The Beatles: Rock Band
It's been a long time since a game has brought about the amount of awe, admiration and borderline obsession that The Beatles: Rock Band has bestowed upon me
- Visually stunning, incredible playlist, feels the way a Beatles game should
- Over too soon, no trademark Rock Band customisation, not much here for non-fans
There's an incredible amount of fun that comes from filing the shoes of some of the most inspiring musicians ever to walk the earth, and Harmonix captures this experience with same sense of magic that the Beatles were known for.
Price$ 99.95 (AUD)
It all comes down to this. For all of the defining moments in my life, few can measure up to the overwhelming sense of triumph and pride that washes over me as I grip my aged Hofner bass in hand and strum the opening notes to "Get Back" to the delight of the crowded London streets. Pedestrians smile from the pavement, drinking in the impromptu rooftop performance. A handful of confused Bobbies litter the sidewalk, observing in awe as they contemplate putting a stop to our public outburst, but they hold their ground, and for just a moment, as much as the world has changed, nothing seems more true or real than this moment. This is my rock and roll revolution, and nothing can stop it.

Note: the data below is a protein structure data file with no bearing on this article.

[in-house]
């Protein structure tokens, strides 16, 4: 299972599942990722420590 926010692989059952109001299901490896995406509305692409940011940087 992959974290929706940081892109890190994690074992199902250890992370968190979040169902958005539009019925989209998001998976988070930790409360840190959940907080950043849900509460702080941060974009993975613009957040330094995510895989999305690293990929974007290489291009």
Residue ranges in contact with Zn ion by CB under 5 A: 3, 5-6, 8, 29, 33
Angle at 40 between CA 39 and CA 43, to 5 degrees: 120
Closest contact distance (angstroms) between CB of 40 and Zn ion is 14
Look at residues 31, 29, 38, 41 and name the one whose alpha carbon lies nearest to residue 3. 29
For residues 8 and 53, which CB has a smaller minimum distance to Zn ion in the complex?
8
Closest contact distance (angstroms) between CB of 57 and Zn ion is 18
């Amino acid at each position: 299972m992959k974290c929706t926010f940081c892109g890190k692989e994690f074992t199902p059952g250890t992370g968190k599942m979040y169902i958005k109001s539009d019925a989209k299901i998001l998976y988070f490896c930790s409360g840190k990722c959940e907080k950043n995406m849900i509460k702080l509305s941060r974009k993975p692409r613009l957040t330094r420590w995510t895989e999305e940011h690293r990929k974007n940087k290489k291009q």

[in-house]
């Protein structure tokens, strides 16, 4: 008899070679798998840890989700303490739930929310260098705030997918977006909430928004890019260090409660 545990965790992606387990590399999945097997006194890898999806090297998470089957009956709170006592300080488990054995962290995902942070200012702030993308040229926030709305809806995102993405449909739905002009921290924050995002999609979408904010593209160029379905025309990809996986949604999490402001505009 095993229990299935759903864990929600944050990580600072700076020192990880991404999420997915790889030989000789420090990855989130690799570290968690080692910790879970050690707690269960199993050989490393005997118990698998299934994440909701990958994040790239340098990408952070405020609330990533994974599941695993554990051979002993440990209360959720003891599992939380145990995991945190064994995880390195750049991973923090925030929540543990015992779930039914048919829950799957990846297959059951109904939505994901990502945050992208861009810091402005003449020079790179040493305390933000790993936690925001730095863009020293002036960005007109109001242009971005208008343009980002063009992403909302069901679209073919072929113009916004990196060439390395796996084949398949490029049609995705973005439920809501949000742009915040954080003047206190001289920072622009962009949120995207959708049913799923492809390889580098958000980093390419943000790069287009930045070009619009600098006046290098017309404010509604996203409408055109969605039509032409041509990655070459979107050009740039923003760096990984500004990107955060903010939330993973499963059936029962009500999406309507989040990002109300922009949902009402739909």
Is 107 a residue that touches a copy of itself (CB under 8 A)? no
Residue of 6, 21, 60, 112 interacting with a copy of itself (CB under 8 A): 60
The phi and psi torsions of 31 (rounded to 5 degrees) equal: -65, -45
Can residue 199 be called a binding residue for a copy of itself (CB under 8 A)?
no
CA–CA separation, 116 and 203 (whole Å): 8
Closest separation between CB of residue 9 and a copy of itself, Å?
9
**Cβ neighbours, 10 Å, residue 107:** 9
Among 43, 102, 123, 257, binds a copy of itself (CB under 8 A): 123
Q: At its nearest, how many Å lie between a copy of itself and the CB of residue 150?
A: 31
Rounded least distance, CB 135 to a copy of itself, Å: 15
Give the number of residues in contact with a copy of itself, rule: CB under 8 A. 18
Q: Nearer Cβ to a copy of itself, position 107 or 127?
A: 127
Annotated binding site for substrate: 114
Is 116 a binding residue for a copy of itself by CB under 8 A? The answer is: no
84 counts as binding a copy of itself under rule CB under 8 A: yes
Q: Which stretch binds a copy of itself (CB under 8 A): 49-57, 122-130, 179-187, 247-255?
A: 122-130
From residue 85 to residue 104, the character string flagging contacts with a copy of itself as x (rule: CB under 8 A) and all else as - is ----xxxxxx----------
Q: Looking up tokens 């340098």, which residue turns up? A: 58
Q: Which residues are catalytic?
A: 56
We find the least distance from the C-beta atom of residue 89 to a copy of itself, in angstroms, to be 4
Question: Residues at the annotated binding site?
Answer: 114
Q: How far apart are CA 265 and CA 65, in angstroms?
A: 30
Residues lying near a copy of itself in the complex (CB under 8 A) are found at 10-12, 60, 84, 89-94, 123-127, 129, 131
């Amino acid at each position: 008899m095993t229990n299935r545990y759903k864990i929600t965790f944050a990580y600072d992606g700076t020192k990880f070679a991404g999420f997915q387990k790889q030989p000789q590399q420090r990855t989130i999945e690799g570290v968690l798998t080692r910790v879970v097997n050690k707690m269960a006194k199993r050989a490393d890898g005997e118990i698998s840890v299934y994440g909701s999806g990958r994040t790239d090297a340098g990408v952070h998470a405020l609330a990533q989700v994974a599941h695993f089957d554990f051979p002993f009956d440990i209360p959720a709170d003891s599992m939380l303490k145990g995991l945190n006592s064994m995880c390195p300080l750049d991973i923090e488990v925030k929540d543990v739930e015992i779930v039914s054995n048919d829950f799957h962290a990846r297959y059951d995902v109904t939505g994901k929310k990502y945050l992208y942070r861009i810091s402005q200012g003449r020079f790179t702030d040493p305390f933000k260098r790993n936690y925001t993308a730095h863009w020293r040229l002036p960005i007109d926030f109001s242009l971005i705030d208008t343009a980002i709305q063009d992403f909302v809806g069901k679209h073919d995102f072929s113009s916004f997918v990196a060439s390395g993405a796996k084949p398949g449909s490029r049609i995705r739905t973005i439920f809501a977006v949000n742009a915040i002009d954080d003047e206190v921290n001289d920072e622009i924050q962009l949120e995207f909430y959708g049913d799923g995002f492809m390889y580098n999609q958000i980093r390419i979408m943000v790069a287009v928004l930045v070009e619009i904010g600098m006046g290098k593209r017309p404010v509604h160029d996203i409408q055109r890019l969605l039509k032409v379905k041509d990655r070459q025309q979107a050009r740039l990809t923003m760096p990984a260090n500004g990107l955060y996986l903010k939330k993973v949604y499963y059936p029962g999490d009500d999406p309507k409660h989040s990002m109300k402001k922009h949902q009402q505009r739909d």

"I have work in the morning!" The voice of my disgruntled neighbor booms through the paper-thin walls, his fist fiercely beating against the chipped plaster. My fingers quickly finds the mute button as I shout a profuse apology, noticing in one shocking instance that it's already three AM, and my review is due in just a few short hours.
Well, almost nothing.
It's been a long time since a game has brought about the amount of awe, admiration and borderline obsession that The Beatles: Rock Band has bestowed upon me. An unprecedented adventure through the life and times of the Lads from Liverpool, Harmonix's latest expedition into the incredibly popular field of musical simulation and digital superstardom has proven itself one of the developer's most richly detailed and inspiring releases to date.
A Really Big Show
While Harmonix could have easily made a Rock Band game with a few Beatles songs in it, it's the exact opposite approach that makes TBRB such a success. It's expertly executed with enough charm and personality to truly stand alone on its own two feet. From the incredibly detailed historic venues such as The Cavern Club or Shea Stadium to the game's enchantingly surreal dreamscapes, there's no denying that The Beatles: Rock Band doesn't just look or sound like a Beatles game - it feels like one, embracing the magic and attitude that made four young men one of the pioneering voices in rock and roll.
From their break-out performance on the Ed Sullivan Show to their conclusive concert on the Apple Corps roof tops, The Beatles: Rock Band chronicles the Fab Four's universally renowned career with an incredible amount of authenticity. The game's expertly populated track list is an astounding achievement on Harmonix's part, ranging from undisputed hits such as "Revolution" and "Sgt. Pepper's Lonely Hearts Club Band" to some lesser known jaunts like Ringo crooning to "Boys" during the band's underground days. The sheer amount of variety is sure to not only please long time fans but inspire newcomers as well.
"Ringo, have a banana!"